A federal judge later called Riley's interrogation of Beverly Monroe deceitful and manipulative. Even so, Beverly ended up serving 10 years in prison before her conviction was thrown out and she was released in April 2002. That news story Emerson saw on TV from behind bars was about Beverly's first moments of freedom. Emerson didn't waste a minute. He immediately wrote to Beverly's lawyer, who agreed to take his case. And when Beverly herself heard about Emerson, she got involved, too.


She went to the lawyers that had just exonerated her and said, now you need to do it again for this other guy, which, you know, to their credit, they did. They tried to reinvestigate as much as they could. And then when it became clear that they were sort of losing steam, Beverly turned her sights to me.


That's Deirdre Enright, the director of the University of Virginia's Innocence Project Clinic. She's one of the lawyers Beverly enlisted to join Emersons legal team.


Emerson, you know, he had been trying for years writing to people about his case and begging for help. And if you ever meet or speak to Beverly, you will learn that you will do anything that Beverly says to do because she's absolutely charming, but also absolutely compelling.


Beverly made it something of a mission to help other people who were convicted by the evidence collected by the same detective.


With Beverly's help, Emerson now had a top notch legal team. And while the lawyers got to work, Beverly and Emerson began corresponding.


Beverly is not only college educated, but she's a chemist and she lived a very extravagant life with her partner before this all happened. And Emerson is this Waterman who grew up, you know, with his nine siblings in Lancaster.


I mean, this is the classic thing that happens in these wrongful conviction cases is that people who would never in a lifetime be near each other or connect do.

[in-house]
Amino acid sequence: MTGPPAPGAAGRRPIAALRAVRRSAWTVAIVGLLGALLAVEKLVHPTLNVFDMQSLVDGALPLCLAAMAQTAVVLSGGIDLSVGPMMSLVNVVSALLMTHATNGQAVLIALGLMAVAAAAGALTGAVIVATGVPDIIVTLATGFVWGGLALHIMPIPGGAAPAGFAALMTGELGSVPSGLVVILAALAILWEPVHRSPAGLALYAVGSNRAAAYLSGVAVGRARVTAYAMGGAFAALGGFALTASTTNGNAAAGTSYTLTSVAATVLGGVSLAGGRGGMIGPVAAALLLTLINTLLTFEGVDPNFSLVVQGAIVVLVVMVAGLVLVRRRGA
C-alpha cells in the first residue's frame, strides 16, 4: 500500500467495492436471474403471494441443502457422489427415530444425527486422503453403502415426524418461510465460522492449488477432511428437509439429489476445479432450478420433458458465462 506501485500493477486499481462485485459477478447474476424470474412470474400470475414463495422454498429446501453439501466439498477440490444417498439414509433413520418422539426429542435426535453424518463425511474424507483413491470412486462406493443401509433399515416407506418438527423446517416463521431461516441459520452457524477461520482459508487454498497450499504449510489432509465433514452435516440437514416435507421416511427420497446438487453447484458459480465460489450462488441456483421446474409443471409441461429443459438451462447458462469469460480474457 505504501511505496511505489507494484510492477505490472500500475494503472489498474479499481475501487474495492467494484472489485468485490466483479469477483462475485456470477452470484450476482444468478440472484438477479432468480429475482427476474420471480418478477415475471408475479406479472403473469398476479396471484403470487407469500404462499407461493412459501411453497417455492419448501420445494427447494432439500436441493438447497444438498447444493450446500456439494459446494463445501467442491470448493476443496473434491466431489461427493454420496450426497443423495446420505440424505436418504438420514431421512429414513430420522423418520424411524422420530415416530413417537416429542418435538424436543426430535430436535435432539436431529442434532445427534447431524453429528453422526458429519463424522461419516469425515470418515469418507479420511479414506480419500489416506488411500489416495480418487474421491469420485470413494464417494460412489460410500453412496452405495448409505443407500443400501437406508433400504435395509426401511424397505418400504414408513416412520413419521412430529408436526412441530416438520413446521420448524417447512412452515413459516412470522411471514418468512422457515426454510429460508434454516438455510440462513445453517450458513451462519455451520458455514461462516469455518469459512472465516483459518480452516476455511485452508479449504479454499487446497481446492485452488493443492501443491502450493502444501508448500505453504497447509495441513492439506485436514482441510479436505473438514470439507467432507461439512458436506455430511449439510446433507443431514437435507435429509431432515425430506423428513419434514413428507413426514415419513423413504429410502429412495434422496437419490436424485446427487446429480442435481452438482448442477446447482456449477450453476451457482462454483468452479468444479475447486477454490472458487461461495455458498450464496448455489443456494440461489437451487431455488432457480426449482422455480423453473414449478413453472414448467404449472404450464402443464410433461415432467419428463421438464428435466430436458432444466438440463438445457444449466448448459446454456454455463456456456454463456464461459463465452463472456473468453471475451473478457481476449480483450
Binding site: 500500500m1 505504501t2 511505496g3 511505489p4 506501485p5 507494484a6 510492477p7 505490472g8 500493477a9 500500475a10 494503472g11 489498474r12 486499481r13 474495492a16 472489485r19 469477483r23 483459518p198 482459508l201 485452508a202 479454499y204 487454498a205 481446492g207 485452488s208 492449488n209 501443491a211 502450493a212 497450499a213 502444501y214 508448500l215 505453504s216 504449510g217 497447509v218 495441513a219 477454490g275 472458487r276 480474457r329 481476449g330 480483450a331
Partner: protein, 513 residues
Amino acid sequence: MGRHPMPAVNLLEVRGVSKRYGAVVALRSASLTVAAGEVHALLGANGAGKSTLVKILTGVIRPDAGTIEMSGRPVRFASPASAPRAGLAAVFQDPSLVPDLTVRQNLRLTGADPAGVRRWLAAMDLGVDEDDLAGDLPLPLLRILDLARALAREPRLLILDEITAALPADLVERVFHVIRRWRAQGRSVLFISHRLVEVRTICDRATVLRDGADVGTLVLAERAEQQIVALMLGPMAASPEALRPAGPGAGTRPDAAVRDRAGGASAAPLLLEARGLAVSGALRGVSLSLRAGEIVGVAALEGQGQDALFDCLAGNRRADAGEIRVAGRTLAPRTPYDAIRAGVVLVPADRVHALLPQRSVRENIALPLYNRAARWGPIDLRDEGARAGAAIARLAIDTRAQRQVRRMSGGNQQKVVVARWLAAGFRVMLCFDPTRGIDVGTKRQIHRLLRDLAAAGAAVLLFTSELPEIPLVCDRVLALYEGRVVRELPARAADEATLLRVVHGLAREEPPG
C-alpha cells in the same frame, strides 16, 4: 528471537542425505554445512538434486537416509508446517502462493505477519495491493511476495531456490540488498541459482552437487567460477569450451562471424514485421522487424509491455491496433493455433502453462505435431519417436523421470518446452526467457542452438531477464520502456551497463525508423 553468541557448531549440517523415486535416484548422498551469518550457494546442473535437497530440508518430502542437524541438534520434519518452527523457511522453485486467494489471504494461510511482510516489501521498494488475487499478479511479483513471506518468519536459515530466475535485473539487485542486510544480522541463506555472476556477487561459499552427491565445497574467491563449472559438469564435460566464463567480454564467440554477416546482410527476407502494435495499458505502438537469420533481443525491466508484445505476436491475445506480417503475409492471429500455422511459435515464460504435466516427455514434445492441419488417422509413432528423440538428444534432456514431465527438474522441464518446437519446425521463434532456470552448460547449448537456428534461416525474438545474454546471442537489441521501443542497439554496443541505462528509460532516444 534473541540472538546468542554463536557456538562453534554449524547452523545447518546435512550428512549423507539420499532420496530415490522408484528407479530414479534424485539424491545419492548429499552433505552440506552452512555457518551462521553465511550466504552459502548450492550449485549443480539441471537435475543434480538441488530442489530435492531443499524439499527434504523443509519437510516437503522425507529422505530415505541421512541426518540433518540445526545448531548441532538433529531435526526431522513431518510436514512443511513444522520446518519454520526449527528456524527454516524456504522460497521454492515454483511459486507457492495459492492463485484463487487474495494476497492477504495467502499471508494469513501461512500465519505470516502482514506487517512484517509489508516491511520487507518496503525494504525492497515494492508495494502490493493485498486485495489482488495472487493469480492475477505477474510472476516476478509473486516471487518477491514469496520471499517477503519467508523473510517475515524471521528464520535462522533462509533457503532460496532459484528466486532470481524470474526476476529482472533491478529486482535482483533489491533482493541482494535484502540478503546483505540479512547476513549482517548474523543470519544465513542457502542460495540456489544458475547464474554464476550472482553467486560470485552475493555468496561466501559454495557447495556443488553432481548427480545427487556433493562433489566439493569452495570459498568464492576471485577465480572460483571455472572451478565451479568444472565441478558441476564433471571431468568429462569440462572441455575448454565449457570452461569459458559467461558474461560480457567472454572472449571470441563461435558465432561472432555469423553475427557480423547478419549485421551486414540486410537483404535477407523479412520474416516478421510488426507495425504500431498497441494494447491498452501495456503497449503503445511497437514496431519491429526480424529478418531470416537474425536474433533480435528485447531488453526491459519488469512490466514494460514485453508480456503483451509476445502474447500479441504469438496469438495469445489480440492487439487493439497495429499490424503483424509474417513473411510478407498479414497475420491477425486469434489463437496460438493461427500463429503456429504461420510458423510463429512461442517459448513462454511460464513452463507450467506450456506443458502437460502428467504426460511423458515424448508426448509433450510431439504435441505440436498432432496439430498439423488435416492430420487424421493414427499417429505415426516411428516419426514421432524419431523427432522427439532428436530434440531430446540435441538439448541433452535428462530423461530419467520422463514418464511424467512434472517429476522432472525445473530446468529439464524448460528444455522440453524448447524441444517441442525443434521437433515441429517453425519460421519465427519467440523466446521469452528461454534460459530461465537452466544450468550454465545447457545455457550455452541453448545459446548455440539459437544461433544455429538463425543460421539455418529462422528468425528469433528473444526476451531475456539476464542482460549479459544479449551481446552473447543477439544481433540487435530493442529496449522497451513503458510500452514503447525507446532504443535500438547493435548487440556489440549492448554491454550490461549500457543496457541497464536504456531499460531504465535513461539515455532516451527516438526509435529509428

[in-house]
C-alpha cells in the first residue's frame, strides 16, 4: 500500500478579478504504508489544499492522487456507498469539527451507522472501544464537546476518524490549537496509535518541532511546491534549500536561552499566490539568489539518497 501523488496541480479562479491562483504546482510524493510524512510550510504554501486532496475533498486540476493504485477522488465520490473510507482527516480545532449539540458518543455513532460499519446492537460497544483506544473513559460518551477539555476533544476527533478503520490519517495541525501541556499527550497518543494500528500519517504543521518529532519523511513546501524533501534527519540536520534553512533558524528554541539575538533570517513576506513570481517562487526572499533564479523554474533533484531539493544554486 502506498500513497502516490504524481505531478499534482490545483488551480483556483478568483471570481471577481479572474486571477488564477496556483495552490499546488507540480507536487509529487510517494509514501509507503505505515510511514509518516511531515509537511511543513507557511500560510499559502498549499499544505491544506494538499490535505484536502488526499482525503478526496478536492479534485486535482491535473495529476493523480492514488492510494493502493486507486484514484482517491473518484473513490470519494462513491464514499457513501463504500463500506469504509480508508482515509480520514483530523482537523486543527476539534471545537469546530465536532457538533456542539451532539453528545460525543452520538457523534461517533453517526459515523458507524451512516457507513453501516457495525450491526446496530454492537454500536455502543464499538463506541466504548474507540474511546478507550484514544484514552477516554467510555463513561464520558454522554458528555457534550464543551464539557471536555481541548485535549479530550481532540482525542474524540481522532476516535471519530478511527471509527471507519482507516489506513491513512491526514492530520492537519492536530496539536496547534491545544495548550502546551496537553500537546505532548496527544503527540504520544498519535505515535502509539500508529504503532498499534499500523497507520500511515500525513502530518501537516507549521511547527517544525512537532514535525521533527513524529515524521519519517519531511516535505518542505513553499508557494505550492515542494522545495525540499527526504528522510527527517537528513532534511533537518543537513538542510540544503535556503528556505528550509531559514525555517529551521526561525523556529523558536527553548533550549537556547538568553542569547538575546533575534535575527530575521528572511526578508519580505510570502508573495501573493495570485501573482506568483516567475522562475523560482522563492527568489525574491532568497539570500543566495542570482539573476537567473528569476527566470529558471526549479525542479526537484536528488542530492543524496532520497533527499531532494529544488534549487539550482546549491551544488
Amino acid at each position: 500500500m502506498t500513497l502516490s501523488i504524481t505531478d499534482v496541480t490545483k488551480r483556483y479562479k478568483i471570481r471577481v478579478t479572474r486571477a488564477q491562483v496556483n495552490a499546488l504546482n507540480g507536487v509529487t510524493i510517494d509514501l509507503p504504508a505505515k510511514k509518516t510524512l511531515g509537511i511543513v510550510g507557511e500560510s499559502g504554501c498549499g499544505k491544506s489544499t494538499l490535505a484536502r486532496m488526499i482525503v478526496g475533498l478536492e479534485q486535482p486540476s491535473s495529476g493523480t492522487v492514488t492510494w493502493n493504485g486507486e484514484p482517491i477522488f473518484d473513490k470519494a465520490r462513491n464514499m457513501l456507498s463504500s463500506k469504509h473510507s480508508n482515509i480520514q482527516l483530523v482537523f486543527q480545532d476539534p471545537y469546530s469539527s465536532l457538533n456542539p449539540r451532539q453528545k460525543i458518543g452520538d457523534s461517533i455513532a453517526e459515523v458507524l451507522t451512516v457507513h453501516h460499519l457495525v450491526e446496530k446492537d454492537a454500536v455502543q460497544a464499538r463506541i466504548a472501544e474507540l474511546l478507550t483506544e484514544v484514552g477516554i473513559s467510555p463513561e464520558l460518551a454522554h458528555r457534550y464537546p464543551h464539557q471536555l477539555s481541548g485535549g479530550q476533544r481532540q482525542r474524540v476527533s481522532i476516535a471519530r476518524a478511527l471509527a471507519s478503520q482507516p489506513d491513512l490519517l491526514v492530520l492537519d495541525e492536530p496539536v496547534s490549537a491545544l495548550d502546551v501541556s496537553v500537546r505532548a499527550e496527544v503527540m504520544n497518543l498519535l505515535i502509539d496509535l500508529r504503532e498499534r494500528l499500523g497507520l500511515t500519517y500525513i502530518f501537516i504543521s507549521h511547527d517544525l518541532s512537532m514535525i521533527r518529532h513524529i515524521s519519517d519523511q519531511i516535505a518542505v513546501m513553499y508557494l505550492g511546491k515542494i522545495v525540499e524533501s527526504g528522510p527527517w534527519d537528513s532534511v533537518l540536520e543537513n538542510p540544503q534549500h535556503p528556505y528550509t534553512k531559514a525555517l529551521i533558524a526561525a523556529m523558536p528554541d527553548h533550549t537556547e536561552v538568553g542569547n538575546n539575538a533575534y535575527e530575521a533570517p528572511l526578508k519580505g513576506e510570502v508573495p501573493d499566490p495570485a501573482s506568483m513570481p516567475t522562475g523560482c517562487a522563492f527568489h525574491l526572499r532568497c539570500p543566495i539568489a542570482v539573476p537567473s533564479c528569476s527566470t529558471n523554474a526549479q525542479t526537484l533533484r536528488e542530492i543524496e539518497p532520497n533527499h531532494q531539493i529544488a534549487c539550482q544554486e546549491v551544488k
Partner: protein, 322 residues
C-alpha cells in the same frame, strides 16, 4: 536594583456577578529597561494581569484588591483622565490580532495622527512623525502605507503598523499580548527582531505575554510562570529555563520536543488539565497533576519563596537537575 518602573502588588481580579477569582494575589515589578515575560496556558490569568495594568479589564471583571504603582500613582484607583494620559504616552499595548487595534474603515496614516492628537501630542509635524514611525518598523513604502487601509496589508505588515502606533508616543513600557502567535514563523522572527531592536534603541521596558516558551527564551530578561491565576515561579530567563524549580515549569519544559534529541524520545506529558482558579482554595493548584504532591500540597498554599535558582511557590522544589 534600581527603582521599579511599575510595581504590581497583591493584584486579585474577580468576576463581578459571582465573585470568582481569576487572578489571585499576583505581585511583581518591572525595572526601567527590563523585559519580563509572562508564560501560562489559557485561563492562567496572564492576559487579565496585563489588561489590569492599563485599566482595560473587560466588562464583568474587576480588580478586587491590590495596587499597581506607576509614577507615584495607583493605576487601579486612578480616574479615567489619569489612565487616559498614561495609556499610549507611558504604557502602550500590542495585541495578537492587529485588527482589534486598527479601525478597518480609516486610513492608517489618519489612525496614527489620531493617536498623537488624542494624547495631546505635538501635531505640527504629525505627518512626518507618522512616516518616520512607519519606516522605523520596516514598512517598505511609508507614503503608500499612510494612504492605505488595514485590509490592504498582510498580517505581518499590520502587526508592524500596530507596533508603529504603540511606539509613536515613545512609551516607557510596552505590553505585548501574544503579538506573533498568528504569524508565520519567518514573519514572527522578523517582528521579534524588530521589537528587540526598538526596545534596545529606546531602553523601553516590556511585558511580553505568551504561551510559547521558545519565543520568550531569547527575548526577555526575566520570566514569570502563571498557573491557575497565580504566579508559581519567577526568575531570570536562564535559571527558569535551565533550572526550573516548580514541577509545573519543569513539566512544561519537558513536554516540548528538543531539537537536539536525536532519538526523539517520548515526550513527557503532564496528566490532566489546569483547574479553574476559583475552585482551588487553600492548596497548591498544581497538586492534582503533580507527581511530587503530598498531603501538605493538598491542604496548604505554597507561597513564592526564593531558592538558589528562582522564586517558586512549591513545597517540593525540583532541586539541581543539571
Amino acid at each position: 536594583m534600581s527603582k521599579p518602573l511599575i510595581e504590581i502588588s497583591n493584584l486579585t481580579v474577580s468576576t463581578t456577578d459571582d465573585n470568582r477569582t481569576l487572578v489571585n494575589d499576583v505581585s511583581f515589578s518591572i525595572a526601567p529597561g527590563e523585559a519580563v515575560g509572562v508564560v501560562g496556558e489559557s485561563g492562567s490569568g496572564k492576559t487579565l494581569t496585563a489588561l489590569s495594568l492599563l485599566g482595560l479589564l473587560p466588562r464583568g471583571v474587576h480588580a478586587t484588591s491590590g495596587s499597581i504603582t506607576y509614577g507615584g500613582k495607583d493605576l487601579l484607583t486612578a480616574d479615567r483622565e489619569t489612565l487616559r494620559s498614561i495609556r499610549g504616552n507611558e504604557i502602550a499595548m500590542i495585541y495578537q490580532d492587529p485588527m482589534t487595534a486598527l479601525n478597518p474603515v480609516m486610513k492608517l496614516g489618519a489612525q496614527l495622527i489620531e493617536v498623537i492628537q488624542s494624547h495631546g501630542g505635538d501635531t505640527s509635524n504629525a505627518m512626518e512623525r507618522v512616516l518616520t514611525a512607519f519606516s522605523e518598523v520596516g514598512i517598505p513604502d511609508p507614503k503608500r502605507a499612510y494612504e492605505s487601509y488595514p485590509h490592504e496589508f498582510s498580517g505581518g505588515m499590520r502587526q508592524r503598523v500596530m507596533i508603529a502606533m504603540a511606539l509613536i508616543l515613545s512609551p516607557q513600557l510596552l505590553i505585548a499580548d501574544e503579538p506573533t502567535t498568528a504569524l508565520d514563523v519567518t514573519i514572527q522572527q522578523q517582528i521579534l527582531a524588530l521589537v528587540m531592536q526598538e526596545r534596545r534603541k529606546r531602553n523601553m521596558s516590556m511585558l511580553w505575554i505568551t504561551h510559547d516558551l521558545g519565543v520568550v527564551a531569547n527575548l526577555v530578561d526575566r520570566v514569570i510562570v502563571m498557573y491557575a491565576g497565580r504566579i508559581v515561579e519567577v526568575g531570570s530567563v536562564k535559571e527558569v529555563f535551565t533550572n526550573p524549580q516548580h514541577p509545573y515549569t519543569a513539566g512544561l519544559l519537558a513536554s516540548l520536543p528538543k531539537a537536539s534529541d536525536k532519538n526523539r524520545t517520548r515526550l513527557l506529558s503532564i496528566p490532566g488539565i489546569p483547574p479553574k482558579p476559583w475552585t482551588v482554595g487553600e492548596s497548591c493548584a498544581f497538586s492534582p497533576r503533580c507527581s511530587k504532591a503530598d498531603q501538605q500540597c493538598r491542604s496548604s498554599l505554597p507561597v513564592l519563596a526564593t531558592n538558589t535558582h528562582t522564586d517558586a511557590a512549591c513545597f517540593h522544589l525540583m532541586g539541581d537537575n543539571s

Beverly and Emerson became friends. Beverly sensed how much this fishermen longed for the water and started sending him photographs of the place he missed most.


The Chesapeake Bay.


She was hyperaware of taking care of him while he was incarcerated, so he didn't feel abandoned, writing and calling and making sure he had money in his.


Commissary and holidays and birthdays, and I remember thinking she knows what he's feeling better than any of us.


I think that Emerson, once he had Beverly, he knew that there was another person out there who was advocating for him ferociously. I mean, most people who are incarcerated don't have that person. And because she was so smart and because she had been through it, she wasn't going to hear that it couldn't be done.


While Beverly was keeping Emersons hope alive, his legal team was systematically unwinding the case against him. And as it turned out, one piece of faulty evidence after another seemed to lead back to Detective Riley. First up was the claim that witnesses had seen a white pickup truck like Emersons near Mary's house.


A woman named and Dick had testified to that effect at the first trial, but her story had changed by the time of the second trial there, she swore that the person she saw driving the truck was not Emerson Stevens. When asked why she didn't say that to the first jury and answered because Detective Riley told me not to.